In this shallow story, Carlos the chameleon is sure that he is the king of the zoo—and he always will be as long as someone believes in him.
In an opening spread featuring a game-board–like trail on which each of eight animal pens bear signs with crowns, an omniscient narrator asks “[W]ho’s king of the zoo?” Carlos, at the beginning of the trail, believes he is until he ventures into the zoo and sees the crown outside the kangaroos’ enclosure. His eyes bulge, and, echoing Eric Carle’s From Head to Toe (1997), he becomes hopping mad. When he finds a crown at the monkeys’ tree, he scratches his head; at the elephants’, he stomps his foot and so on. Angry and bewildered, Carlos shouts at each animal (in big type in speech bubbles), staking his claim. His obnoxious behavior is somewhat alleviated by the bright cartoon-style art, which depicts the animals looking on, perplexed, as Carlos exhausts himself. In a forced interlude, the chameleon experiences a range of clichéd emotions, turning green with envy and going yellow with fear—ruminations that only scratch the surface. The superficiality is reinforced by the conclusion. Carlos recovers when a visitor arrives at his window and claims, “He’s my favorite.” The stated lesson: He only needed one person to know “he ruled.”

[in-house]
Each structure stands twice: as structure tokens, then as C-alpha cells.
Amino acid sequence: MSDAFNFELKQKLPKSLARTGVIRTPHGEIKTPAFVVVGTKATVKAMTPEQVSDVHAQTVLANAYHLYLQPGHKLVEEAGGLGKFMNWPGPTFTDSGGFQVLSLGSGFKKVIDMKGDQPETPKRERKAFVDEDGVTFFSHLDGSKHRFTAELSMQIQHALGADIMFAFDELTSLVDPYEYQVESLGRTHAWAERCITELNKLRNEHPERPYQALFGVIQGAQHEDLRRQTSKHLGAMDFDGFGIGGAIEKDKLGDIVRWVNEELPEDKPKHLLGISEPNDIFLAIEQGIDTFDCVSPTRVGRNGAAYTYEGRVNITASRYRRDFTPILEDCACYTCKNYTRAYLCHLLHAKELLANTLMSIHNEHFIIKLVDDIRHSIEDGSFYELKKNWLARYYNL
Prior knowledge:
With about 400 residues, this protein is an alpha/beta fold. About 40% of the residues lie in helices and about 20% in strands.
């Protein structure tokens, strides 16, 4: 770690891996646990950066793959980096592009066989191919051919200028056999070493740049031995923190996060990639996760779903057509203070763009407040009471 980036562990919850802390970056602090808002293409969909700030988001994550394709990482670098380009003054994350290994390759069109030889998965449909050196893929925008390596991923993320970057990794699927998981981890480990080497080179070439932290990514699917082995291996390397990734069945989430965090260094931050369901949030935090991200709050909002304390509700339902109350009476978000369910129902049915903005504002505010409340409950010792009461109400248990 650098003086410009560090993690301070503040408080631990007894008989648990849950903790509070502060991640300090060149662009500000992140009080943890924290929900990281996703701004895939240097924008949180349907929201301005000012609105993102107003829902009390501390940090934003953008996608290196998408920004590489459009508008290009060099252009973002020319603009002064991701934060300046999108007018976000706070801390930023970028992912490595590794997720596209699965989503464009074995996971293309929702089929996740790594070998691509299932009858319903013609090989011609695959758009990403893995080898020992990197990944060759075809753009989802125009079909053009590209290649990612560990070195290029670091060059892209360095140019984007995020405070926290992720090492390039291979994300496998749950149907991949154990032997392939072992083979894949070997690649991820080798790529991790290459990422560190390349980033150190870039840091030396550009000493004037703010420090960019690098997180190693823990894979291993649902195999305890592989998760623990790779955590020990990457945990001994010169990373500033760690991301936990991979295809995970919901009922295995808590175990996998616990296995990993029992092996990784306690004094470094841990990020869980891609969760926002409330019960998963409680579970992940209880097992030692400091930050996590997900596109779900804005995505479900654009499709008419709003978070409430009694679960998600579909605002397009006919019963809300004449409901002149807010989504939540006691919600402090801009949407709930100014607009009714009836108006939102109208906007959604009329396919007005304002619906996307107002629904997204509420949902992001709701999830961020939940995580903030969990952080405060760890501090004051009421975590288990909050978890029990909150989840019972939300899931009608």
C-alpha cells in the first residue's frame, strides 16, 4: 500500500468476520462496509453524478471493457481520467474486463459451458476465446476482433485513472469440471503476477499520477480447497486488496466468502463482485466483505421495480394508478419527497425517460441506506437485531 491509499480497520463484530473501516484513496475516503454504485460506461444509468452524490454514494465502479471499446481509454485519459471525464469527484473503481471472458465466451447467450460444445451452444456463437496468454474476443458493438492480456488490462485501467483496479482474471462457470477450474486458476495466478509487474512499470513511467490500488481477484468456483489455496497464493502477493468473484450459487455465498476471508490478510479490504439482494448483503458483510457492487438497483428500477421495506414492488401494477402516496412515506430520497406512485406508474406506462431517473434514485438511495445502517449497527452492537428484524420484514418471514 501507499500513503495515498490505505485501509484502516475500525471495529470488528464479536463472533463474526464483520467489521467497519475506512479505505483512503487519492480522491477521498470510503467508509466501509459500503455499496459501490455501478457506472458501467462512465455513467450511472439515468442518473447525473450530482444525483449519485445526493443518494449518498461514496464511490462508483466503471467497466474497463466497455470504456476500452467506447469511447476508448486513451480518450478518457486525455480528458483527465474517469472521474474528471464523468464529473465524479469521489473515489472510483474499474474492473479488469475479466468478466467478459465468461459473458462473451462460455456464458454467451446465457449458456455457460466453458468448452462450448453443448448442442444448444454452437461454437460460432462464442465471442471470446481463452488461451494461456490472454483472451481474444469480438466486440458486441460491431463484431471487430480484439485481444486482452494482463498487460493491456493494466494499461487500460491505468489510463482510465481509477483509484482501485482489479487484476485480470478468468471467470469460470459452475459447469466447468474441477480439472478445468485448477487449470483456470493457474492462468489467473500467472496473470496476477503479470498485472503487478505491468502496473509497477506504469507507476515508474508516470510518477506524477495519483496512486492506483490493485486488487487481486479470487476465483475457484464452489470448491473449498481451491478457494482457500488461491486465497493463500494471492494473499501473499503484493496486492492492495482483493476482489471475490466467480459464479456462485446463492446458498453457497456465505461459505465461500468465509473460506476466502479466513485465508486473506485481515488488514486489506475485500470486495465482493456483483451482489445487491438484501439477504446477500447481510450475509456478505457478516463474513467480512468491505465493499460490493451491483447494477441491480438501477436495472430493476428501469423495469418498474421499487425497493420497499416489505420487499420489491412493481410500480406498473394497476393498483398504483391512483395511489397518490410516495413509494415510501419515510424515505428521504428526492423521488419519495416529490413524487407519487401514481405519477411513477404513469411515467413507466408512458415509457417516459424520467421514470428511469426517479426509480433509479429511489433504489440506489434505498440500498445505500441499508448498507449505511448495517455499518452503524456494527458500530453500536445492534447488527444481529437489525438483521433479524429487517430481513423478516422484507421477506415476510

Unfortunately, this mishmash of a tale ultimately disappoints. (Picture book. 3-6)